Zastrow and Kirst-Ashman (2016) refer to adults in later adulthood as “a population at risk” (p. 717). Why are individuals in later adulthood a vulnerable population? What role might social work play in addressing the needs of this population?
This week, you consider factors that impact the vulnerability of individuals in later adulthood, including differing cultural perspectives of older individuals and consider ways to increase support for this population in your local community.
Photo Credit: vm / E+ / Getty Images
Zastrow, C. H., & Kirst-Ashman, K. K. (2016). Understanding human behavior and the social environment (10th ed.). Boston, MA: Cengage Learning.
Chapter 16, “Sociological Aspects of Later Adulthood”
Tucker-Seeley, R. D., Li, Y., Sorensen, G., & Subramanian, S. V. (2011). Lifecourse socioeconomic circumstances and multimorbidity among older adults. BMC Public Health, 11(4), 313–321.
Western cultures think of time in linear terms while other cultures perceive the passage of time in cyclical terms (Helman, 2005). Helman states, “The clock, the watch and the calendar are among the main cultural symbols of Western industrial society” (para. 3). How might a culture’s perception of time influence views of individuals in later adulthood? What other cultural differences might impact a people’s view of aging? This week, you explore different cultures’ perspectives on aging and consider how these differences might impact social work.
To prepare for this Discussion, research two cultures different from your own and compare their perspectives on aging to that of your own culture.
Post a Discussion that compares your culture’s perspective on aging to the perspectives of the two cultures you researched. Explain why you think these differences exist. Also, explain how different perspectives on aging might impact social work practice.
Read a selection of your colleagues’ posts.
Respond to at least two colleagues who addressed cultures that are different from the ones you addressed. Share an insight from reading your colleagues’ postings. Describe how you might incorporate the cultural perspectives on aging described by your colleagues into your own social work practice.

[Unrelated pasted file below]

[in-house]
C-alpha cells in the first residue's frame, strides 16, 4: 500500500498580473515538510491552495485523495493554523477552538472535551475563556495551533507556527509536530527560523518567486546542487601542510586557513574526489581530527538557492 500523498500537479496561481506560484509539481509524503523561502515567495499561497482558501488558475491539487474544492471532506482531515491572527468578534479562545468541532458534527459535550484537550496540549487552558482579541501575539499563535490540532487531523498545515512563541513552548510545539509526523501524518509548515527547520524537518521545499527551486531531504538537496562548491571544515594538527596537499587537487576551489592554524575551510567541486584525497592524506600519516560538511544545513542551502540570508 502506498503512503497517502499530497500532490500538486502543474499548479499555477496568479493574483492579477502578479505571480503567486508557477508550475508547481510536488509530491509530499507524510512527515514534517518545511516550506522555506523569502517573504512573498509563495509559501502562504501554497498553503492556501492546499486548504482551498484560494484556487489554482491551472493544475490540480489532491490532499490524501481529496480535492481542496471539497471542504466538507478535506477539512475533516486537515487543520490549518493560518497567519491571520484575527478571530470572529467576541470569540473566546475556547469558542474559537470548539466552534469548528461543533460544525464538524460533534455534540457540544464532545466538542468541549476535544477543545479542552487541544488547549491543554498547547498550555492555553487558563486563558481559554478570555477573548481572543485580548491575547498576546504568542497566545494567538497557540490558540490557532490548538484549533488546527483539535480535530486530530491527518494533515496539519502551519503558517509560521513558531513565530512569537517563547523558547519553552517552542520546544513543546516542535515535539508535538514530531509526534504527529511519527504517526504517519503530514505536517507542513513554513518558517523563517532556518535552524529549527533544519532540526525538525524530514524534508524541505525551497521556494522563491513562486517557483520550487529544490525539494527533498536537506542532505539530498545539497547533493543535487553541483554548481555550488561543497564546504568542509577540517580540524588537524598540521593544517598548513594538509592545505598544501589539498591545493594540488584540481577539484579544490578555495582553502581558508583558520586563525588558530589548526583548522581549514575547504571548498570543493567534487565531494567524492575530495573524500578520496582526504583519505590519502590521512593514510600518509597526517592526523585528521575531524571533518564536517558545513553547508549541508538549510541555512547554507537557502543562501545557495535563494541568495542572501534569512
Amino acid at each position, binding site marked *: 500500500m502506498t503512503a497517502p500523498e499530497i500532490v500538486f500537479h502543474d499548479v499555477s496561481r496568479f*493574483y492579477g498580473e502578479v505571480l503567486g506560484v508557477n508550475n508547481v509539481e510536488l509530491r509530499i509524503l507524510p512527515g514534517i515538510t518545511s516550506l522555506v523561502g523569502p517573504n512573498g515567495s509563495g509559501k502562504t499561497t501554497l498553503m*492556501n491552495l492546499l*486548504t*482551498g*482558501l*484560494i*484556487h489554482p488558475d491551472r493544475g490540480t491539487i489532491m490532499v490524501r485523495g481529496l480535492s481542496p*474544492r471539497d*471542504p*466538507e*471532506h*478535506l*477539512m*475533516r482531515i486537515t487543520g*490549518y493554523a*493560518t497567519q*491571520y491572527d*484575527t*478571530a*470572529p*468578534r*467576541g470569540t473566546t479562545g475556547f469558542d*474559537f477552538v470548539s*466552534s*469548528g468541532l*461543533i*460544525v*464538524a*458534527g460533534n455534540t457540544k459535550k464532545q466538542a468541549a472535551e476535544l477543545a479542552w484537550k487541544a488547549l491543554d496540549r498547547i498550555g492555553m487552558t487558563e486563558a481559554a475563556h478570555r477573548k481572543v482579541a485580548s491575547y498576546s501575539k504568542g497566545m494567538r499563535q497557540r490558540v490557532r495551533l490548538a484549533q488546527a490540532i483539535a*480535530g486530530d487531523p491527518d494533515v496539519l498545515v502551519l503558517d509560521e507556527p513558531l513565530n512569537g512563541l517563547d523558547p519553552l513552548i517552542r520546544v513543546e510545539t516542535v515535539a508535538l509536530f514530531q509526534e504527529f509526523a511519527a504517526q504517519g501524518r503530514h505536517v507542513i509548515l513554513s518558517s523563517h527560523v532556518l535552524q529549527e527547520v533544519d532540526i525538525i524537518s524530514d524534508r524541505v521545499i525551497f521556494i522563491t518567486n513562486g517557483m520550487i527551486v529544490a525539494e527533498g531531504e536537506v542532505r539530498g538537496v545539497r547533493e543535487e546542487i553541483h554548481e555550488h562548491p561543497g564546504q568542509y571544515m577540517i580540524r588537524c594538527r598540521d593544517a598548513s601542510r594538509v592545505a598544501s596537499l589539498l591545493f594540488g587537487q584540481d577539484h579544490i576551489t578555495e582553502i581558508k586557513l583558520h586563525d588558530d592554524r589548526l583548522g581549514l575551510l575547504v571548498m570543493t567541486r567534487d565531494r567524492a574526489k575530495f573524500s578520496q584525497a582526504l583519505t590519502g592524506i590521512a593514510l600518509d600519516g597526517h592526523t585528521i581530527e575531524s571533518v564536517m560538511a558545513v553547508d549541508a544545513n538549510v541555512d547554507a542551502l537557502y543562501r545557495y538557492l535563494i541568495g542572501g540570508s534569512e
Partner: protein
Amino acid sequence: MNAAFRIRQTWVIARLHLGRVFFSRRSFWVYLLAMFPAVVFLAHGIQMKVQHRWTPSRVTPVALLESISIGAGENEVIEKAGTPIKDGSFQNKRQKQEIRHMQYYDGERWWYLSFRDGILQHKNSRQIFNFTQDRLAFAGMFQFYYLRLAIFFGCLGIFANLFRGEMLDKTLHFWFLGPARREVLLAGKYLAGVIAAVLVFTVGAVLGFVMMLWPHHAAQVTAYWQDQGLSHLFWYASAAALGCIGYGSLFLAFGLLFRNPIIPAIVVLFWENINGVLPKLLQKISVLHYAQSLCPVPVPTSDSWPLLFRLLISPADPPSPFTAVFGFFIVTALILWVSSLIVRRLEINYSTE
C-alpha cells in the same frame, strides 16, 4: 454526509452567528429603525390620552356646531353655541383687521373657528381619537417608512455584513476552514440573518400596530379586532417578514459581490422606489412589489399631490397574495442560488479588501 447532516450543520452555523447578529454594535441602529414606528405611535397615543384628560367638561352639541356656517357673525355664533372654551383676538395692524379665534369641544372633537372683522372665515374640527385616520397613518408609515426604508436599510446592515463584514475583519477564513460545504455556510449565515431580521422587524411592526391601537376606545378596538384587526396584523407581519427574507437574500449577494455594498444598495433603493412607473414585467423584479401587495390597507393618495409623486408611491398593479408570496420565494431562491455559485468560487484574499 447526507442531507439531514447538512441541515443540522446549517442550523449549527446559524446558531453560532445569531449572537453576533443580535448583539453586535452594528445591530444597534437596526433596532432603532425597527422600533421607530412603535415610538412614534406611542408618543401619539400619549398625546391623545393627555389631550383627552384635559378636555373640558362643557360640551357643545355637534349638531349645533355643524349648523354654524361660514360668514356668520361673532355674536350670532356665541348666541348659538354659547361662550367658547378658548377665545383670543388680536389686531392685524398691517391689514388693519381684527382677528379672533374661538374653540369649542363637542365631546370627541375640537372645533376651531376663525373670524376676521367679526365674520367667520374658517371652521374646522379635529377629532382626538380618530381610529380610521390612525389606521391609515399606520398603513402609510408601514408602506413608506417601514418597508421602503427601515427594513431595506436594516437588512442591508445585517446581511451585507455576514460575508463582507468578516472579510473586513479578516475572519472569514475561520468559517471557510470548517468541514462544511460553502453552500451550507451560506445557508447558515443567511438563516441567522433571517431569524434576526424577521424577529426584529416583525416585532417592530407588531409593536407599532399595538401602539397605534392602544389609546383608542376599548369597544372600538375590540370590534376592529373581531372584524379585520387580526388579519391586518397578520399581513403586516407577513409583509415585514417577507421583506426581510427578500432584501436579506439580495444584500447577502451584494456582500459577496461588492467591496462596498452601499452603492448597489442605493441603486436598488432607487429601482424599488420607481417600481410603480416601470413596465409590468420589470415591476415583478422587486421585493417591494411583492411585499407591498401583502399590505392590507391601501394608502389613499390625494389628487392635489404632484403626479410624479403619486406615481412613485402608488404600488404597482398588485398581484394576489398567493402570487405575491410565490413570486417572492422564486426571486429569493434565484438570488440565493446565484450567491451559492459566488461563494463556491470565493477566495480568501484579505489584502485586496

Be sure to support your responses with specific references to the resources. If you are using additional articles, be sure to provide full APA-formatted citations for your references.
Volunteers and political officials in local communities often campaign to improve conditions and provide services to increase the well-being of individuals and families living in those communities. If you are the parent of young children, you might focus on improving the local school or creating safe places where children can play. If you are an individual in later adulthood or a caregiver for an individual in later adulthood, what community resources might be important to you? For this week’s Assignment, you evaluate the resources that your local community provides for its older members.
To prepare for this Assignment, research the resources available in your local community to support the issues and concerns of the older population. Note any gaps in these services and consider what improvements might be made to existing services as well as what services should be added.
Submit a 2- to 4-page paper that includes the following:
My Culture’s Perspective on Aging
Western U.S cultures are more focused on youthfulness. Taking responsibility for aging adults is less common (“How the elderly is treated around the world,” 2013). Ageism exist in every culture but in my opinion there is a more commonality of ageism among Western Culture. Ageism is the stereotyping and mistreatment of older individuals. The differences in my opinion exist because of the lack thereof about the importance of family bonds and respect for the elderly. In Western culture is normal for families to not talk or see each other often. In many cultures and other countries that is just unacceptable. The emphasis on family units are practiced even from a government point of view.
Cultures treatment of aging adults